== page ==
Earlier this week, three teams from Southern Nuclear were each honored with a Top Innovative Practice (TIP) award at a ceremony in Miami in conjunction with the Nuclear Energy Institute's 63rd Annual Industry Conference and Supplier Expo: Nuclear Energy Assembly. TIP awards are the nuclear industry's highest honor.
Entries from across the industry were selected for four vendor awards and eight process awards. Southern Nuclear's development of equipment for evaluating shroud cracking in boiler water reactors at Plant Hatch won the GE Hitachi vendor award. In partnership with colleagues across the industry, the entry for response to post-Fukushima seismic safety won a process award for Plant Support. Finally, Southern Nuclear's National SAFER Response Center solution received a special recognition for its impact on the entire industry.
Following are descriptions of the award-winning innovations by Southern Nuclear employees:
Denver Atwood, Alliance Vendor Manager; DeLisa Pournaras, Materials Principle Engineer; Eric Stinnett, Site Project Lead; Andrew Gordon, BWRVIP Engineer; Kevin White, Senior Nuclear Technical Specialist
The nuclear units at Plant Hatch are boiling water reactors, and operators of BWRs throughout the industry have observed indications of cracking of the core shroud from intergranular stress corrosion. Indications of cracking have been observed primarily on the inside diameter of the core shroud and in orientations that standard ultrasonic inspection techniques and equipment were not designed to detect.
A qualified technique to interrogate indications outside the heat-affected zone (HAZ) and at off-axis angles did not exist in the industry.
Southern Nuclear worked in collaboration with the Boiling Water Reactor Vessel Internals Project and GE Hitachi to develop and demonstrate a new phased array ultrasonic tool and technique that "followed" indications outside the HAZ and at angles that were not perpendicular or parallel to welds. The equipment also has the ability to physically scribe a location on the material at a site of interest. Plant Hatch used this tool and technique to verify there were no issues with the core shroud of units 1 and 2, and the tool and technique have benefitted the industry in maintaining the highest level of safety and integrity of the core shroud in BWRs.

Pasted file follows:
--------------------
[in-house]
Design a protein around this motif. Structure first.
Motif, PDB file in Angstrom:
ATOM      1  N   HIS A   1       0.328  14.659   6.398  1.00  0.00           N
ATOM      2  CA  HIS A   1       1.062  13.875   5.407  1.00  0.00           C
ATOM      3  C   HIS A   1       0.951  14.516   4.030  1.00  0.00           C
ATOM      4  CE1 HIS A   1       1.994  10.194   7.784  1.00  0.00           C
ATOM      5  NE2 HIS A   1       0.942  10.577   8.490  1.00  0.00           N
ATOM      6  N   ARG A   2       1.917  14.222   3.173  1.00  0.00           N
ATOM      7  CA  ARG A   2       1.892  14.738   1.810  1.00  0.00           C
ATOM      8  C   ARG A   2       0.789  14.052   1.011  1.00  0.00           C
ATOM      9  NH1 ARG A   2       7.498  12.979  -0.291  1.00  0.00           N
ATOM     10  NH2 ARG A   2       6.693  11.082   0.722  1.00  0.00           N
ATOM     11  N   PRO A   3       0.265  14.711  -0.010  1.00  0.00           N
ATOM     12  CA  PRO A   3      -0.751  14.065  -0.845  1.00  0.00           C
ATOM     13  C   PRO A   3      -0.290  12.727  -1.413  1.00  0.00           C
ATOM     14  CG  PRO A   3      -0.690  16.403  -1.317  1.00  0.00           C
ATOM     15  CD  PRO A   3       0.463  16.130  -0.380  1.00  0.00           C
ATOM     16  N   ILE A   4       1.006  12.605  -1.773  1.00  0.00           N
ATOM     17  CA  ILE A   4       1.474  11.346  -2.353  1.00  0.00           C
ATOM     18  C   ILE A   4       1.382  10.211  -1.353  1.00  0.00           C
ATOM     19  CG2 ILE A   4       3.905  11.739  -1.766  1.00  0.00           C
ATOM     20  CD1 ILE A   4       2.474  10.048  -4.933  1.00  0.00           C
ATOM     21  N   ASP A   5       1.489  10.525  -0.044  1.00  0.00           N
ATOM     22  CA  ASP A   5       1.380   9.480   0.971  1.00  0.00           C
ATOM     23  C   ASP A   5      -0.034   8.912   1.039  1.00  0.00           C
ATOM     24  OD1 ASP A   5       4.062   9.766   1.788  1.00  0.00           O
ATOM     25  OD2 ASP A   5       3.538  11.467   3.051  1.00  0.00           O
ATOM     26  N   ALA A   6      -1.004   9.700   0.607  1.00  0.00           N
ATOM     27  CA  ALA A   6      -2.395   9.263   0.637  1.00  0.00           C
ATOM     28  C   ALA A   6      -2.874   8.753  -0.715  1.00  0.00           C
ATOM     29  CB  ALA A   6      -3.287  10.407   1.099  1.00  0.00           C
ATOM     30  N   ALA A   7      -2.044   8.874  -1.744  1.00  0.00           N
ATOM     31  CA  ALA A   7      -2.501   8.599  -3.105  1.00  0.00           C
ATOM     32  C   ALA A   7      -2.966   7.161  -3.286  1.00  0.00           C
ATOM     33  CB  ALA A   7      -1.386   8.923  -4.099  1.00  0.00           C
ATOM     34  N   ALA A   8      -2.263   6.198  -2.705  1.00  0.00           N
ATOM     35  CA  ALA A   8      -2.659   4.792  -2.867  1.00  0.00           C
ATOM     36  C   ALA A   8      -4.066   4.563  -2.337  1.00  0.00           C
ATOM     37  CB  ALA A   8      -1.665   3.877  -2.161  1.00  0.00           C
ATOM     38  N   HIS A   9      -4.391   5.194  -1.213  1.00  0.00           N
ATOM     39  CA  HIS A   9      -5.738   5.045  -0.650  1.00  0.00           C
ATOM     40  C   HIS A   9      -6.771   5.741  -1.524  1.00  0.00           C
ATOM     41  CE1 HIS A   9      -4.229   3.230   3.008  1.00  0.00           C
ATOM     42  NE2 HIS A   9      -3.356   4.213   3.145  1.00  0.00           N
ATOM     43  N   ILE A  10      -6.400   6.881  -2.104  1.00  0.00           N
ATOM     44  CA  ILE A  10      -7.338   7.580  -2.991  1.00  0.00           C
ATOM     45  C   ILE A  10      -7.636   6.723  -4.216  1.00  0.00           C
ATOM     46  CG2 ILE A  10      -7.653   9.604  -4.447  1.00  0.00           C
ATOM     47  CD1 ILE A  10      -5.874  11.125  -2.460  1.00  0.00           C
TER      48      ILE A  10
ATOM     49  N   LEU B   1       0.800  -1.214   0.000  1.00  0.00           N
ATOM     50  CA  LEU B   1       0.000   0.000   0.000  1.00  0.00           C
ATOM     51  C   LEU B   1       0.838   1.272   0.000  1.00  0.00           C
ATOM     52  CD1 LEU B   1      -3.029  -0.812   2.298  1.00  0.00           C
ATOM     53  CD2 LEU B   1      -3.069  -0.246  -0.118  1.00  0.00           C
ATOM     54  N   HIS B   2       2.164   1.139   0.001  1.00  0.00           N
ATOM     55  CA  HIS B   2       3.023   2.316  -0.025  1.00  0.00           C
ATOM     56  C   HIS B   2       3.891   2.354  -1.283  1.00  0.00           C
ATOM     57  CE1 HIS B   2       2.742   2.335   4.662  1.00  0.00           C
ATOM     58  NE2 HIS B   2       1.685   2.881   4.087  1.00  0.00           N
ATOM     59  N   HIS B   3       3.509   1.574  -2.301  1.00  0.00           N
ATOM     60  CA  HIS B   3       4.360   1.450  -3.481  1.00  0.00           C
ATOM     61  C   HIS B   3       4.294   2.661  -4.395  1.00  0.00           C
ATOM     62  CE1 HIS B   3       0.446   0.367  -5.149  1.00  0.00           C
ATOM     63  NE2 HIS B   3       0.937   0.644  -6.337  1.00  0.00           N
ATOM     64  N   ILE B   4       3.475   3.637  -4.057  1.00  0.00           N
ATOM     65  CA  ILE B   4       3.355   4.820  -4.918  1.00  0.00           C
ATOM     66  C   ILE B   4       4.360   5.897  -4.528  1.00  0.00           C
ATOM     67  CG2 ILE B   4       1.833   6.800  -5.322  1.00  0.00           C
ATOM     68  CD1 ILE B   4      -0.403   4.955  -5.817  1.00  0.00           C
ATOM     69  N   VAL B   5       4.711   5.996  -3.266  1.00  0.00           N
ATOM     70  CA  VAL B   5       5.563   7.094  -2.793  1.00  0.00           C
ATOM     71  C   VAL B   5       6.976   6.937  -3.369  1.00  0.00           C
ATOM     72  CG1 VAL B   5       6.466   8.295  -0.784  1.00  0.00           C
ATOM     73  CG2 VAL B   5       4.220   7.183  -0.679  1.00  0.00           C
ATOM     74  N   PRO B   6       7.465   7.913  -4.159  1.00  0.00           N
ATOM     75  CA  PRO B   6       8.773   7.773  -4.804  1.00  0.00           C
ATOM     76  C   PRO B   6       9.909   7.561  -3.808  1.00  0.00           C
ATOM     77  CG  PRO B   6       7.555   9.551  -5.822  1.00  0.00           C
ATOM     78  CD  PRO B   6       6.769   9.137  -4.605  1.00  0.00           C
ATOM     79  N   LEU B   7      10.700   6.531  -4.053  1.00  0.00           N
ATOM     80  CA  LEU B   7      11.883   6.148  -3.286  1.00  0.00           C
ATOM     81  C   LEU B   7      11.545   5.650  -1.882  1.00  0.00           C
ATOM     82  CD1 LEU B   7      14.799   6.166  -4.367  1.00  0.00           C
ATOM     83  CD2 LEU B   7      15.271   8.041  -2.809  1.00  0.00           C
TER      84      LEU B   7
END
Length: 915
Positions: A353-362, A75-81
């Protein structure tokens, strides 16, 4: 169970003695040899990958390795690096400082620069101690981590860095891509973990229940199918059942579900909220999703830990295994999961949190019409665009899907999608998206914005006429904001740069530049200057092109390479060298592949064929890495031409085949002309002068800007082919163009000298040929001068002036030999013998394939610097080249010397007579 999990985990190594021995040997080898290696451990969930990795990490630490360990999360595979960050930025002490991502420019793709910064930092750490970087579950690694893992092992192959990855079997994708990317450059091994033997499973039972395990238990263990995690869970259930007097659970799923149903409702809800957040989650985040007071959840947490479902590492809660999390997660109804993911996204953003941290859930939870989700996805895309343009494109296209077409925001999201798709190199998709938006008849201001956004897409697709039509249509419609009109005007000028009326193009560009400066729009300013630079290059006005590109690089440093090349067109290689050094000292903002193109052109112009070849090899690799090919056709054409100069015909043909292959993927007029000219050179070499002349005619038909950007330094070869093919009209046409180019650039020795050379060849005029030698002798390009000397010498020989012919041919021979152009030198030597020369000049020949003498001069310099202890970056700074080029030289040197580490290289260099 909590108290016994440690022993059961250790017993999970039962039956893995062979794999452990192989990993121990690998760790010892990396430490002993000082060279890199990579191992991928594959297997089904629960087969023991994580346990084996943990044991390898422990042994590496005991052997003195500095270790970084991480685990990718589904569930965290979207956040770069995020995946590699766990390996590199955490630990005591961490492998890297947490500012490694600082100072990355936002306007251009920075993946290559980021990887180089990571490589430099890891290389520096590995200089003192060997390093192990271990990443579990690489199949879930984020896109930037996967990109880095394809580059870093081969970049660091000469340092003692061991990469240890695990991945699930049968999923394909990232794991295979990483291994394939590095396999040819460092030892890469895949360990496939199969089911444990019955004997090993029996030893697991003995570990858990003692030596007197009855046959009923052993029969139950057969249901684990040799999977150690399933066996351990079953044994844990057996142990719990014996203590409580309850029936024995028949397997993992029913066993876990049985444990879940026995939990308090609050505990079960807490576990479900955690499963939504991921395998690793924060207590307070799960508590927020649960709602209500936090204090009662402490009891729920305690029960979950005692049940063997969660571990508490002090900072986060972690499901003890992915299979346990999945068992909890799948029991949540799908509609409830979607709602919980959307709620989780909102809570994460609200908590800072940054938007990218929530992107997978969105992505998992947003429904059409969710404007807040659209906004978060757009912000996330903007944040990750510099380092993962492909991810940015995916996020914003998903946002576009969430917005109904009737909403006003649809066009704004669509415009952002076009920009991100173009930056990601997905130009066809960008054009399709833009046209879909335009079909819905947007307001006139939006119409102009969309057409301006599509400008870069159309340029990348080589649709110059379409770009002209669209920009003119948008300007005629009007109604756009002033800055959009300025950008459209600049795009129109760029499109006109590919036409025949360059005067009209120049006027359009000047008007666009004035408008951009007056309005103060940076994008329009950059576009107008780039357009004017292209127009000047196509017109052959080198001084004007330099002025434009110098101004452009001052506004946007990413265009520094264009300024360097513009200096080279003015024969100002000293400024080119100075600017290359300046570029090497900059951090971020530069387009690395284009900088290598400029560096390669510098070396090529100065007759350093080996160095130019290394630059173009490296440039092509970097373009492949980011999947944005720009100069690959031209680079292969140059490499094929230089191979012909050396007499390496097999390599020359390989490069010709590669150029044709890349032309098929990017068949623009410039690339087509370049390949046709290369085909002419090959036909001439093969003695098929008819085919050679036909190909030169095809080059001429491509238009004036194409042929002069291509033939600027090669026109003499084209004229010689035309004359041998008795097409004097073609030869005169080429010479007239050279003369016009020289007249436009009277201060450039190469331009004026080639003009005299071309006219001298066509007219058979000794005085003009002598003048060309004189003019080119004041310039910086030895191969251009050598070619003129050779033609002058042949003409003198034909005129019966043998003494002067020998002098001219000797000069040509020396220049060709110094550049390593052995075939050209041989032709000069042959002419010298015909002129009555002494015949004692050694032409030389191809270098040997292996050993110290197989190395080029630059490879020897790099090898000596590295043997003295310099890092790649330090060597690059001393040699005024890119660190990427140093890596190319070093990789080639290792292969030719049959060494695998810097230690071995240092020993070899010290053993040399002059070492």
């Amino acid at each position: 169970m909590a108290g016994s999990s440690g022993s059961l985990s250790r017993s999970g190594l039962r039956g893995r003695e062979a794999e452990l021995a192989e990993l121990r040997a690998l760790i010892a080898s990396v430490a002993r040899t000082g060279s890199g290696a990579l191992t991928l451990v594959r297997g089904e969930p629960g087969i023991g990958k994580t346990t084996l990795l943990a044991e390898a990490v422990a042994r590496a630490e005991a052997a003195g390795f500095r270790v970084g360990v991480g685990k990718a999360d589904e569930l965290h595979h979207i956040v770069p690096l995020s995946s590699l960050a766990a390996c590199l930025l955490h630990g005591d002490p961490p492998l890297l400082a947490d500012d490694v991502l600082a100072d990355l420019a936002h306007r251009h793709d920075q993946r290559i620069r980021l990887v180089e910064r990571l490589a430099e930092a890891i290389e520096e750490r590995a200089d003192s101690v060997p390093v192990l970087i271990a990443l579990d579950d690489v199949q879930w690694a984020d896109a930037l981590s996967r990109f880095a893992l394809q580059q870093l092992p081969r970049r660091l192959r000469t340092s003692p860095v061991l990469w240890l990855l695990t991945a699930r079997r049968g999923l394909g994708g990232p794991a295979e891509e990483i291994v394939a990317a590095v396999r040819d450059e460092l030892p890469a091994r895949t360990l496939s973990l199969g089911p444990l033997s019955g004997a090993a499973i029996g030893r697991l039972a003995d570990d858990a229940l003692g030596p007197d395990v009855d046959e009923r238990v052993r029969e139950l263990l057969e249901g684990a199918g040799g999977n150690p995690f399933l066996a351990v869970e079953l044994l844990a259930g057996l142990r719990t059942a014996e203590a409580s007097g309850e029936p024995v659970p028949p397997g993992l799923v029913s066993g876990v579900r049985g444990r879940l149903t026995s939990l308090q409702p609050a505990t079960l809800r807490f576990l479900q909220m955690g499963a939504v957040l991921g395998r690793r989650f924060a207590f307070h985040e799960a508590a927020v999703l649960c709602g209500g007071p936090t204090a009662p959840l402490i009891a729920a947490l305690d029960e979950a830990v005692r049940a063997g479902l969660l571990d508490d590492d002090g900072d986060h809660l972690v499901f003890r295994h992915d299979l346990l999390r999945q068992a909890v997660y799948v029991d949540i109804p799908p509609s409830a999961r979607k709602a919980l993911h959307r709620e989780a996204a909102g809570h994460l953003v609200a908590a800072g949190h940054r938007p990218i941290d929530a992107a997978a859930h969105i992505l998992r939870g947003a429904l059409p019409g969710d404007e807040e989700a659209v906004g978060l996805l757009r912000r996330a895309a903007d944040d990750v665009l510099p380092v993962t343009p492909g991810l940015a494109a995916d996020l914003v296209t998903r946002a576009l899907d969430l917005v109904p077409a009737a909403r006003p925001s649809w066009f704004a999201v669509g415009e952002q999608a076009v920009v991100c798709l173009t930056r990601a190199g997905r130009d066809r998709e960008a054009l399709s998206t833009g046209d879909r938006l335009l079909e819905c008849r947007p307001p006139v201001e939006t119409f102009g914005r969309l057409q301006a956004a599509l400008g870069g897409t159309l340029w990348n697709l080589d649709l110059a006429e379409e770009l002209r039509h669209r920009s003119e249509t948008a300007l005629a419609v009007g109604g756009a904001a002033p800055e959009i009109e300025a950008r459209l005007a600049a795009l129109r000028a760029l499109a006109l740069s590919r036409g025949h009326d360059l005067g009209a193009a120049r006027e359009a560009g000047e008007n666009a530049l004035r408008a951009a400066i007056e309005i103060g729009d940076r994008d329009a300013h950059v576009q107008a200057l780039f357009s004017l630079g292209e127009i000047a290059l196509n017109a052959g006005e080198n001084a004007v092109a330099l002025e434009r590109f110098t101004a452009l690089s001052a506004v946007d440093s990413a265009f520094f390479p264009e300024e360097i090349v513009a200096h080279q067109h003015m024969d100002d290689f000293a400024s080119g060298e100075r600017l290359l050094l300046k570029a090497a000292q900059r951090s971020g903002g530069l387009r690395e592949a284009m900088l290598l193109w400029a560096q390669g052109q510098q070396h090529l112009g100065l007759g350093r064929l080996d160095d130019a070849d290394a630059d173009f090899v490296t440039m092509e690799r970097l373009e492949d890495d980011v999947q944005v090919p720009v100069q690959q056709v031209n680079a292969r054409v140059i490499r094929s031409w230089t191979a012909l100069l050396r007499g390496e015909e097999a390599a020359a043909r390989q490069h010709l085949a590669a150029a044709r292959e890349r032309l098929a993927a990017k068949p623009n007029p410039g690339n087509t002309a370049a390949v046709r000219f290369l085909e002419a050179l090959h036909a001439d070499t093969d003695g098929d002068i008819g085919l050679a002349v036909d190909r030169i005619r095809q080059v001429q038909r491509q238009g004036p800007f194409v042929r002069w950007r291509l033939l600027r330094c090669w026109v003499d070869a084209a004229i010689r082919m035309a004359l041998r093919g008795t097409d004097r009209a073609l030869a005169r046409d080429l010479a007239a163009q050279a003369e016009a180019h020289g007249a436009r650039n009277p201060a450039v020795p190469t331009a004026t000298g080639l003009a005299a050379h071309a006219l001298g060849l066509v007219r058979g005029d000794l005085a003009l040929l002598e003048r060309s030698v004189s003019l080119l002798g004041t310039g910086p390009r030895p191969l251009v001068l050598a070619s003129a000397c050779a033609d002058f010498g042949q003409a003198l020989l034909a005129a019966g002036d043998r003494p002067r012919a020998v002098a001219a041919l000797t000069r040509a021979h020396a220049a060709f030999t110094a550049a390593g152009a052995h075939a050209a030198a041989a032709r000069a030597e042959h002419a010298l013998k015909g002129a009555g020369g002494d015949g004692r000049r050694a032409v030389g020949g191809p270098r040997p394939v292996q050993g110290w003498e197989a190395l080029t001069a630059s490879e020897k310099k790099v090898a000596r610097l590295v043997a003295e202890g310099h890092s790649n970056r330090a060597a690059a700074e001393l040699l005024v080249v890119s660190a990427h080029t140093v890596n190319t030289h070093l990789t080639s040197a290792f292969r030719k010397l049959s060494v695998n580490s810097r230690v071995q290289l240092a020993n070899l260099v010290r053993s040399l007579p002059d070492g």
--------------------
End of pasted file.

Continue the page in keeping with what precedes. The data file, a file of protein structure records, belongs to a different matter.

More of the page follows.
Melanie Brown, Fleet Design Engineer, in partnership with colleagues across the industry
As a result of the Seismic Special Operations Team's steadfast efforts and determination, the nuclear industry has made extensive progress in reaffirming and enhancing seismic safety following the accident at the Fukushima Daiichi nuclear power plant. The team proposed and built a compelling coordination, cost control and quality of end result charter to take the entire U.S. nuclear energy industry lock-step through resolution of the post-Fukushima seismic requirements. This provided clarity in path, lessons learned, teamwork and compounding benefits for an approach where all utilities implemented a consistent resolution for their company/station. This led to significant shared accomplishment, progress, innovation and continuous learning.
The U.S. nuclear energy industry has a simple, yet effective, approach to seismic safety: expect the unexpected and prepare for it. Nuclear plants are designed and built with layer upon layer of protection against earthquakes. The FLEX approach – developed based on lessons learned from the Fukushima accident – builds on existing safety approaches to provide another layer of backup safety equipment in multiple locations, both at plant sites and at national response centers in Phoenix and Memphis.
David Crawley, PIM SAFER Project Manager; John Giddens, Licensing Project Manager; and Jim Ripple, Supply Chain Director
Pooled Equipment Inventory Co. partnered with AREVA Inc. to develop the National SAFER Response Center (NSRC) strategy as the industry's offsite response to Beyond Design Basis External Event preparedness. The NSRC strategy consists of two emergency response centers, one in Memphis and one in Phoenix. Each of these secure, 80,000-square-foot facilities has five sets of equipment that can be transported by truck or air to a plant site anywhere in the United States in 24 hours.
The equipment at the centers is the same as the equipment at the plant sites. It would only be sent if something happened to the existing onsite equipment and onsite backup equipment during an extreme and unexpected event. The backup equipment – both at the plant sites and the emergency response centers – ensures that plant operators can maintain key safety functions even if offsite power sources are curtailed. It will be used to maintain reactor core cooling, used fuel pool cooling and containment integrity.
This TIP Award represents the success of a special first-of-a-kind project through creative solutions.